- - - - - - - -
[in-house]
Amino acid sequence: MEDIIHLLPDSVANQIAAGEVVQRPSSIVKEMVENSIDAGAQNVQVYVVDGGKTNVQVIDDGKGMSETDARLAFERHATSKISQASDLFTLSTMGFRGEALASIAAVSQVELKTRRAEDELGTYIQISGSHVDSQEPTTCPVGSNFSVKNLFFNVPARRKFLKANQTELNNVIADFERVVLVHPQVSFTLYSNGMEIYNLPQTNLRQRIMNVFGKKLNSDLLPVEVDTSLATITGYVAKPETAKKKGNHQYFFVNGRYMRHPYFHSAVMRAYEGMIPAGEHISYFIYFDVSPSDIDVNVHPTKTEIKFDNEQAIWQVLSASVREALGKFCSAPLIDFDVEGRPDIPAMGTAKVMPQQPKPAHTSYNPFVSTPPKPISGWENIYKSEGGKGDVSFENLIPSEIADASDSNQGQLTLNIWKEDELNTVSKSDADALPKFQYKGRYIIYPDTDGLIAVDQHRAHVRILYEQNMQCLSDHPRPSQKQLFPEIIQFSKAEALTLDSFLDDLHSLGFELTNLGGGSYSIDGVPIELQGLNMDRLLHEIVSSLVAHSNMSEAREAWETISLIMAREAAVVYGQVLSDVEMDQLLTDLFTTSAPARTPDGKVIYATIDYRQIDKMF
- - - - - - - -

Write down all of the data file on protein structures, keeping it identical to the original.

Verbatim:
[in-house]
Amino acid sequence: MEDIIHLLPDSVANQIAAGEVVQRPSSIVKEMVENSIDAGAQNVQVYVVDGGKTNVQVIDDGKGMSETDARLAFERHATSKISQASDLFTLSTMGFRGEALASIAAVSQVELKTRRAEDELGTYIQISGSHVDSQEPTTCPVGSNFSVKNLFFNVPARRKFLKANQTELNNVIADFERVVLVHPQVSFTLYSNGMEIYNLPQTNLRQRIMNVFGKKLNSDLLPVEVDTSLATITGYVAKPETAKKKGNHQYFFVNGRYMRHPYFHSAVMRAYEGMIPAGEHISYFIYFDVSPSDIDVNVHPTKTEIKFDNEQAIWQVLSASVREALGKFCSAPLIDFDVEGRPDIPAMGTAKVMPQQPKPAHTSYNPFVSTPPKPISGWENIYKSEGGKGDVSFENLIPSEIADASDSNQGQLTLNIWKEDELNTVSKSDADALPKFQYKGRYIIYPDTDGLIAVDQHRAHVRILYEQNMQCLSDHPRPSQKQLFPEIIQFSKAEALTLDSFLDDLHSLGFELTNLGGGSYSIDGVPIELQGLNMDRLLHEIVSSLVAHSNMSEAREAWETISLIMAREAAVVYGQVLSDVEMDQLLTDLFTTSAPARTPDGKVIYATIDYRQIDKMF